For the past two months, Baltimore restaurants have been providing meals to health care workers on the front lines of the COVID-19 response as a part of the Frontline Foods initiative. Since mid-April, chapter founder Tammy Tran and the volunteers of Frontline Foods Baltimore have raised more than $44,000 and delivered more than 2,000 hot meals to 12 hospitals in Baltimore City and county.
Frontline Baltimore is a local chapter of Frontline Foods, a California nonprofit partner of World Central Kitchen, which was founded by celebrity chef José Andrés in 2010 with the goal of providing meals to people after disasters. To date, World Central Kitchen has delivered 3.7 million meals in Puerto Rico following Hurricane Maria, 400,000 meals in California after a series of wildfires, 670,000 meals to Venezuelan refugees in Colombia, and millions more.
Frontline Foods pays restaurants to deliver meals to workers during the COVID-19 pandemic, simultaneously nourishing those risking their lives to take care of the sick and supporting local restaurants who have been affected by mandatory closures.
Tran, a Hopkins graduate psychology student, said she felt a sense of helplessness watching the spread of COVID-19 in Baltimore. After hearing about Frontline Foods from friends in Silicon Valley, where it originated, she realized the model could work perfectly in Baltimore.
"The news cycle was just so devastating. Every day we were worried about what was happening in Baltimore," Tran said. "All of a sudden I had a lot of downtime, and just had the realization 'What am I doing? Do I just sit here and watch the news, or do I try to do something to help?'"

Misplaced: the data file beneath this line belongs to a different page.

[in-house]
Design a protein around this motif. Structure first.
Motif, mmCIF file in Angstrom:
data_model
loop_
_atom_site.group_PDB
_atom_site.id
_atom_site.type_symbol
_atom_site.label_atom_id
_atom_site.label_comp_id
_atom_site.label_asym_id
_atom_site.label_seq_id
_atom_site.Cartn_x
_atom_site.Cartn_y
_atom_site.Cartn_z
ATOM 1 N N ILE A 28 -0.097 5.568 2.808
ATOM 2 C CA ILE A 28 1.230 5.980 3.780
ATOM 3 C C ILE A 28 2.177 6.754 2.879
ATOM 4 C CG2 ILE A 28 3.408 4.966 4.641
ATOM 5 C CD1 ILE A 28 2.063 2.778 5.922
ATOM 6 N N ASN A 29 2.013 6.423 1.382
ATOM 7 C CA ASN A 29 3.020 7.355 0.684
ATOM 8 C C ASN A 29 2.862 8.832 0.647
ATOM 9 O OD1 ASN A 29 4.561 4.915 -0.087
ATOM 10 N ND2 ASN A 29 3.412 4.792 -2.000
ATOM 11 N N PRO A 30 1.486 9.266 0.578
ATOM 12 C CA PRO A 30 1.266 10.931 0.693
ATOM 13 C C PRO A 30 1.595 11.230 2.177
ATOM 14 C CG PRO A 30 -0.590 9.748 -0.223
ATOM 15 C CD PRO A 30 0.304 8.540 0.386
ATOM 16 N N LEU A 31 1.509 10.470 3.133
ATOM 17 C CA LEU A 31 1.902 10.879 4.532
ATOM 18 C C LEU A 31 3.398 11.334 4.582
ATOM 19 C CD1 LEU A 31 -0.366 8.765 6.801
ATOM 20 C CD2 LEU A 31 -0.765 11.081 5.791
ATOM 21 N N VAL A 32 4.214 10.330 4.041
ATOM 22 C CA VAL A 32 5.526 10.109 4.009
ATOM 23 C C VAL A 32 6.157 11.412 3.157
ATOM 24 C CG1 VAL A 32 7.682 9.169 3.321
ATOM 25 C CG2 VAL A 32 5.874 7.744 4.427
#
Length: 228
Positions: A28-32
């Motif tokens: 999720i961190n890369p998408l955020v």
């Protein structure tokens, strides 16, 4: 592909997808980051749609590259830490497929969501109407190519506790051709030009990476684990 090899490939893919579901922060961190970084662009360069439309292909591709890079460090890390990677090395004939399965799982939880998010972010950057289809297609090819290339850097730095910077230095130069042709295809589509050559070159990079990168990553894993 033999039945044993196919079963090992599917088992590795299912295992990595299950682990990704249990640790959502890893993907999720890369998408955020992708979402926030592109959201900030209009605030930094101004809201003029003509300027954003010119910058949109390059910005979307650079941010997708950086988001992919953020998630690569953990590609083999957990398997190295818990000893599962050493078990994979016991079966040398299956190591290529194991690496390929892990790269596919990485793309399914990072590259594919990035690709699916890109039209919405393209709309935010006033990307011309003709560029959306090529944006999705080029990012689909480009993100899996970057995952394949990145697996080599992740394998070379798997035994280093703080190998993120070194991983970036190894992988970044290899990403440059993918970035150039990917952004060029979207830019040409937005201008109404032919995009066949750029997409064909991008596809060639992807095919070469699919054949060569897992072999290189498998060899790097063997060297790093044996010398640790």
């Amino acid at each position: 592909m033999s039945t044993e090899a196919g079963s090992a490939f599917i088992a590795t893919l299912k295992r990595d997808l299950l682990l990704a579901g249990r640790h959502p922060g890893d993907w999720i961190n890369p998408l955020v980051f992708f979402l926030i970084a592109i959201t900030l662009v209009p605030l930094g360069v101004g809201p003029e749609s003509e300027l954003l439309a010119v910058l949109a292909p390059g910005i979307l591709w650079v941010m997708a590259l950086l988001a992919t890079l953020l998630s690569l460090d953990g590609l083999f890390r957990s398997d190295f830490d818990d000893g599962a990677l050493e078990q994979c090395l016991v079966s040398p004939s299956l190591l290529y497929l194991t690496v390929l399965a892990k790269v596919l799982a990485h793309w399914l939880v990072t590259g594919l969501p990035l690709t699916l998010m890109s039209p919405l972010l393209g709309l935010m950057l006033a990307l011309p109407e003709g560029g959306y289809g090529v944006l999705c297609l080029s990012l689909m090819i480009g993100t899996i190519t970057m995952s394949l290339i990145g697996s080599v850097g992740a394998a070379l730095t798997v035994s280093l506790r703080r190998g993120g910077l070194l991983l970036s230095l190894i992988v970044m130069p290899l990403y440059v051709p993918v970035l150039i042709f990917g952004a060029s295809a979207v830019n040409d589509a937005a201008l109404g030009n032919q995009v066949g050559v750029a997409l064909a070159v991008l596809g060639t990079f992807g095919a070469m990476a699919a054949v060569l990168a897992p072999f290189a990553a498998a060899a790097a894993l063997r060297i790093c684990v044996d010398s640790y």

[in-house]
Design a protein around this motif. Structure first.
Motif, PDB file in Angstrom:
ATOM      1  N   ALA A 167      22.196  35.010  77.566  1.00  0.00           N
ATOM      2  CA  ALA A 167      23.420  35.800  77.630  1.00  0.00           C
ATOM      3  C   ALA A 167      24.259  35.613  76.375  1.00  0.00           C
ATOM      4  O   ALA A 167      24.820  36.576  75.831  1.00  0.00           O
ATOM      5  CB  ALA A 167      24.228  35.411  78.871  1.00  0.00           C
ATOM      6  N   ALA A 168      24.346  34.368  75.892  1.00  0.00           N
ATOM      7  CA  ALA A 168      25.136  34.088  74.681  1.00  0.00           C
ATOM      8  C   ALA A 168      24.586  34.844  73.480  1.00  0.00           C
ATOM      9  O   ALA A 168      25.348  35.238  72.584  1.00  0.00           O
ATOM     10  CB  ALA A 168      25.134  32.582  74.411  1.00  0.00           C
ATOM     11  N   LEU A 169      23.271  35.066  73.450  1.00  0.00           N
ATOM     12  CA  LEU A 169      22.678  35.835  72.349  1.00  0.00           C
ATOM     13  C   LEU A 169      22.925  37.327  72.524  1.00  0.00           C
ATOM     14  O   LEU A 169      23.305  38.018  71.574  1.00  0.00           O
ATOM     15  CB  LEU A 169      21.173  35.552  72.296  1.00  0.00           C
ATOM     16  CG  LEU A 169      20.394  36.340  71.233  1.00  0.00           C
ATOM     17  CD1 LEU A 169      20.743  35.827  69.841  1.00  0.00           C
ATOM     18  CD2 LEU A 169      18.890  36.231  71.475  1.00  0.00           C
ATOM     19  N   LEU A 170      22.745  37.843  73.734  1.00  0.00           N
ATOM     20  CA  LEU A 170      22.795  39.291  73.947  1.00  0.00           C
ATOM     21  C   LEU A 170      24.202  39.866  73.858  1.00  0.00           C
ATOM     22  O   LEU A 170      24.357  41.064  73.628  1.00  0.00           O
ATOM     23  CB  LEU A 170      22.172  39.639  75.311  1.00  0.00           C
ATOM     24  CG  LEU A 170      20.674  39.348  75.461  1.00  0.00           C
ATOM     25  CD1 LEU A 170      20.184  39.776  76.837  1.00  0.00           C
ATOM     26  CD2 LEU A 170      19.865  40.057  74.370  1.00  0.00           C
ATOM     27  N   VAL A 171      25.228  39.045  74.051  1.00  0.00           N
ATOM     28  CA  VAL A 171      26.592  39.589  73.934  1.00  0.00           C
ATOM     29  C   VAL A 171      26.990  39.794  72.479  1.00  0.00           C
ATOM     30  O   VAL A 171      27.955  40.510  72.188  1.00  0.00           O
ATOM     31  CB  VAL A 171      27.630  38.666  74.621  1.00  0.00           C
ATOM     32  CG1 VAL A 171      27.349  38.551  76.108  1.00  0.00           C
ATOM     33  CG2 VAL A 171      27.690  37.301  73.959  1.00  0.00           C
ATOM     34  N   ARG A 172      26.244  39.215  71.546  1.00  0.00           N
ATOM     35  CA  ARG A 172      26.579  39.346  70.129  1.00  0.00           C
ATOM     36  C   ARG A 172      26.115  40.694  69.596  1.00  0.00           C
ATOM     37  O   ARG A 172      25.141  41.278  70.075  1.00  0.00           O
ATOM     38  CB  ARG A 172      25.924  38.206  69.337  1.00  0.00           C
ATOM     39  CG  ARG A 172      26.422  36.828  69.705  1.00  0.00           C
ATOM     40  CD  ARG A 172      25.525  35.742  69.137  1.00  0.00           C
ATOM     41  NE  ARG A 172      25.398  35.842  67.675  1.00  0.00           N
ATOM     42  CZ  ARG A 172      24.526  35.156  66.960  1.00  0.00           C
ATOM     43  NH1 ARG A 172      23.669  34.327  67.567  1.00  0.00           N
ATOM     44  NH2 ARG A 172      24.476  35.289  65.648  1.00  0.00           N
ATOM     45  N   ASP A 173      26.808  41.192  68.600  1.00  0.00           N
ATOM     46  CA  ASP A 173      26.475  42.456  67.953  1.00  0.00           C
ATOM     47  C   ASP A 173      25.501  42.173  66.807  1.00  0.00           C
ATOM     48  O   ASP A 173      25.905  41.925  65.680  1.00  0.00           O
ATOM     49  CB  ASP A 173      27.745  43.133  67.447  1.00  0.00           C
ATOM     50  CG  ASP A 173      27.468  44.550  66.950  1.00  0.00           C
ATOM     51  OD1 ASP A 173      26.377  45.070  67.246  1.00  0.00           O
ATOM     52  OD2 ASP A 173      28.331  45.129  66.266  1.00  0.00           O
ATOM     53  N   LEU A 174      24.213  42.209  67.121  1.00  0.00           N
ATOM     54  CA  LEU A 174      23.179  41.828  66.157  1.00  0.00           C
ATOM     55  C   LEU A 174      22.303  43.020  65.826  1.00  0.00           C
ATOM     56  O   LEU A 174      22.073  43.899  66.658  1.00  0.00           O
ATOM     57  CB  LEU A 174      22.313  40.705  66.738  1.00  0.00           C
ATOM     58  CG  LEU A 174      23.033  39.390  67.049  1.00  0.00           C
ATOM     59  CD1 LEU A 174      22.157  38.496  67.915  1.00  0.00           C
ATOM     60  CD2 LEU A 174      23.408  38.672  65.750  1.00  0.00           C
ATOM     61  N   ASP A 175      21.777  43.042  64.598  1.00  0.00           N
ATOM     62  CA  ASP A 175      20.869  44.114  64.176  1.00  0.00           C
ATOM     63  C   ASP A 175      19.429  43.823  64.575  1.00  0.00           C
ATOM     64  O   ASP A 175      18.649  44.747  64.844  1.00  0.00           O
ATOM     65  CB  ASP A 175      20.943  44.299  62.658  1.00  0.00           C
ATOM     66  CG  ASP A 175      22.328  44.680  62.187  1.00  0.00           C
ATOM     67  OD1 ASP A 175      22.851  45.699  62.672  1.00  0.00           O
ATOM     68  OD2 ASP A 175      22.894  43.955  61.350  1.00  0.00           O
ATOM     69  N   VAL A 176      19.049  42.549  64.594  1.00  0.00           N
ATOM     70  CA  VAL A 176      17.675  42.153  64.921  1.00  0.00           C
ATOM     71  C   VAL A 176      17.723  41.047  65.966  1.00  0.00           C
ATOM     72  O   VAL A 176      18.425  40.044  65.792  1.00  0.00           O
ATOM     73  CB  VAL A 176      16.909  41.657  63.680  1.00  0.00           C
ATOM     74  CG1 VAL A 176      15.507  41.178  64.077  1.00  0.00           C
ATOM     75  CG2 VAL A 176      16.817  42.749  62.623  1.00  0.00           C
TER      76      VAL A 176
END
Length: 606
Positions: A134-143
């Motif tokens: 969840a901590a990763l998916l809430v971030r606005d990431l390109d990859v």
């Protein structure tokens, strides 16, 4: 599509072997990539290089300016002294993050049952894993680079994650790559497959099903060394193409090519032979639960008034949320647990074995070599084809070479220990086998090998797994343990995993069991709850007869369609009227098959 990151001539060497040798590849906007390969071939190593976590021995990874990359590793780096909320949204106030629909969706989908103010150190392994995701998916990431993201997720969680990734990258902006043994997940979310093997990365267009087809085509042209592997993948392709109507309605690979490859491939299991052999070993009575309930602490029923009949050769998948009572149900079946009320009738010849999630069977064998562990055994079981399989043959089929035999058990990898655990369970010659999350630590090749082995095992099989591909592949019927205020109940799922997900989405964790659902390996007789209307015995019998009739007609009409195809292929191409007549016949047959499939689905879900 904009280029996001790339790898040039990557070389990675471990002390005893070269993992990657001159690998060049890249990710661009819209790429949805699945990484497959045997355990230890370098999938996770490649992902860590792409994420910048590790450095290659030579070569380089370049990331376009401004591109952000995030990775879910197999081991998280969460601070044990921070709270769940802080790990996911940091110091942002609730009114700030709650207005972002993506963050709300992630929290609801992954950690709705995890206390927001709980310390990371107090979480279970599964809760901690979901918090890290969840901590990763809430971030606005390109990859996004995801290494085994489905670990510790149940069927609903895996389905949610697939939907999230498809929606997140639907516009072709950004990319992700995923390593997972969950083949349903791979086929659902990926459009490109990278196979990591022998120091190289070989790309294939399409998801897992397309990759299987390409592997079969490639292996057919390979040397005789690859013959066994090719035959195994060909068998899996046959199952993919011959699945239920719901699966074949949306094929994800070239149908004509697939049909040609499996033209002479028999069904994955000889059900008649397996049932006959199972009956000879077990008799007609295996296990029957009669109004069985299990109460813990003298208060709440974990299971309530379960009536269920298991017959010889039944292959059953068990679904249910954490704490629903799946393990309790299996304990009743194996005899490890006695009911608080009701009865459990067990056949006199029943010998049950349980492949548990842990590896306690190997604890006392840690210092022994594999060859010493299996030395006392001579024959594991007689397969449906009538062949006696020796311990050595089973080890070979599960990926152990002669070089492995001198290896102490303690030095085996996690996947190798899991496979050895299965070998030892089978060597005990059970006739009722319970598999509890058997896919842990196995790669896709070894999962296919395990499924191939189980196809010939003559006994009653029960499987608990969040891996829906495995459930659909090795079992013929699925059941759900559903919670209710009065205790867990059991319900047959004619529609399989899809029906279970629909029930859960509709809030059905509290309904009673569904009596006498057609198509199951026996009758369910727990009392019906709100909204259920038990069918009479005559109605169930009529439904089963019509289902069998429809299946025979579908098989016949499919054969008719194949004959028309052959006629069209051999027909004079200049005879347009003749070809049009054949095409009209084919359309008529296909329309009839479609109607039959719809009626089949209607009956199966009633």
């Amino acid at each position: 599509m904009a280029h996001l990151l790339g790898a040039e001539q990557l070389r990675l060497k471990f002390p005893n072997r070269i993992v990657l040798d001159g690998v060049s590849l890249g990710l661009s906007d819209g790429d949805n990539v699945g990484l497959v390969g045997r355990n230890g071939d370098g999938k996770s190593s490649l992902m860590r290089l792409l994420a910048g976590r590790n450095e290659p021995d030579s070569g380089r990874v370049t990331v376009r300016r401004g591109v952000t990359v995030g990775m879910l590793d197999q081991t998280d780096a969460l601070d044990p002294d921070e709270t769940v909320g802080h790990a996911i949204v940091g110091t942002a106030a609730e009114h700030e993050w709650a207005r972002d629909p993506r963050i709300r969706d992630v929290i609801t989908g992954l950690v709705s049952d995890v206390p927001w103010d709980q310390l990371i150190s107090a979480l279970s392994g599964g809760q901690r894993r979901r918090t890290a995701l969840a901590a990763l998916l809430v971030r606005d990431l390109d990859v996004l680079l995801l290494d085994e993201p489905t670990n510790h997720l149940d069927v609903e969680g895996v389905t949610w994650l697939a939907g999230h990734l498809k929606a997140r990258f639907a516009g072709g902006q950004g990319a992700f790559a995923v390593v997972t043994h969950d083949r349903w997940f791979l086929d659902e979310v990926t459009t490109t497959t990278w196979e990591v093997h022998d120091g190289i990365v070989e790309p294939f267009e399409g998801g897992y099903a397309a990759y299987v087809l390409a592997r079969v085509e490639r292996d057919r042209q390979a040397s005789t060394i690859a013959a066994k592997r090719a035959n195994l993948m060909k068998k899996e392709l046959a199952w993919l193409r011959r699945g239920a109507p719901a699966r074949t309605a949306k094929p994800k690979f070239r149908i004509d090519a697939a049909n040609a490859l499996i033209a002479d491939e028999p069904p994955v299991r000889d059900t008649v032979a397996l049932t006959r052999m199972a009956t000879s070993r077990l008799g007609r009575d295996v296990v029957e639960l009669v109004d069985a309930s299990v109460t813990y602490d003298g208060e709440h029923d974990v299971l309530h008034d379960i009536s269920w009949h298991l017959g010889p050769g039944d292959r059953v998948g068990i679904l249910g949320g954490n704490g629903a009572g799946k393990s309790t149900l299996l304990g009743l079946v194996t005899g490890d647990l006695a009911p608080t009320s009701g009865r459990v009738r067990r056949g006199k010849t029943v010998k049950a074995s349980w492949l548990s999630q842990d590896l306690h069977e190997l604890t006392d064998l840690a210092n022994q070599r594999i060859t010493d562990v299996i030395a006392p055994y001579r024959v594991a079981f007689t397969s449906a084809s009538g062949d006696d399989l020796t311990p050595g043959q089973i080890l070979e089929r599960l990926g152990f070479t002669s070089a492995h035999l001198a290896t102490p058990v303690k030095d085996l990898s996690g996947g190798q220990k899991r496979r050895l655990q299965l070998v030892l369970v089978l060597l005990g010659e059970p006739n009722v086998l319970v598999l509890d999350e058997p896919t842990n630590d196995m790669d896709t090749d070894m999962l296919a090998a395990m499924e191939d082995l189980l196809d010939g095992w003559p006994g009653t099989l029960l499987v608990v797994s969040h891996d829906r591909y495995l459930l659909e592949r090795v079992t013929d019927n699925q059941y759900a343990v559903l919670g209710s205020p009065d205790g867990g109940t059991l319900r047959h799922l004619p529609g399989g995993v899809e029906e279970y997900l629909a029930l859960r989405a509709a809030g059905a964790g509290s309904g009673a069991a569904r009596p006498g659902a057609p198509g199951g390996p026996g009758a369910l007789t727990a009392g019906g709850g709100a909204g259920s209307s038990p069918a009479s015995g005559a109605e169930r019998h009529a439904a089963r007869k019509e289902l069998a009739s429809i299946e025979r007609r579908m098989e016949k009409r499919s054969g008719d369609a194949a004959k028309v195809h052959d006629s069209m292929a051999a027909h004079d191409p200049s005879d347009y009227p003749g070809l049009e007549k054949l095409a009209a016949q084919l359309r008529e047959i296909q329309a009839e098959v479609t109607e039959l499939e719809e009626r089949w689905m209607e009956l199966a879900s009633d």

The volunteers of Frontline Baltimore coordinate meal deliveries, aligning restaurant capacity to help with workers' needs. Frontline Baltimore spokesperson Sophia Block, who graduated from Johns Hopkins in 2019 with a degree in behavioral biology, says the group focuses on those working directly with COVID-19 patients, including emergency departments and ICUs, providing meals for nurses, doctors, and support staff. Individual deliveries range between 15 and 300 meals at a time.
Each meal is paid for by donations. Block said they began their fundraising by soliciting donations from Hopkins clubs and organizations. After a $1,300 donation from the hip hop dance troupe SLAM, other Hopkins groups began hosting their own Frontline fundraisers, including Blue Jay Bhangra, KPM, JOSH, and Kranti, as well as the Theta Tau fraternity.
Soon, Frontline Baltimore's fundraising expanded beyond Hopkins, securing a sponsorship deal with Baltimore NPR affiliate WYPR and receiving funds from the #CastItOn initiative, a social media hashtag and fundraising effort launched by actress Kerry Washington and the cast of Scandal. The movement invites television show casts to donate to groups providing aid to frontline workers. Frontline Baltimore was selected by the cast of FX's Snowfall, and actors from the show funded major deliveries to MedStar Health and the University of Maryland Medical Center from Chuck's Trading Post, Kong Pocha, and Poyoteca.
Though Frontline is still working to fill the need they continue to see, Tran says it's been heartening to see the response to date.
"I've never raised $45,000 before. It's incredible that we've been able to do that," Tran said. "And I think it says so much about how generous the Baltimore community is and how much everyone is rallying around us."
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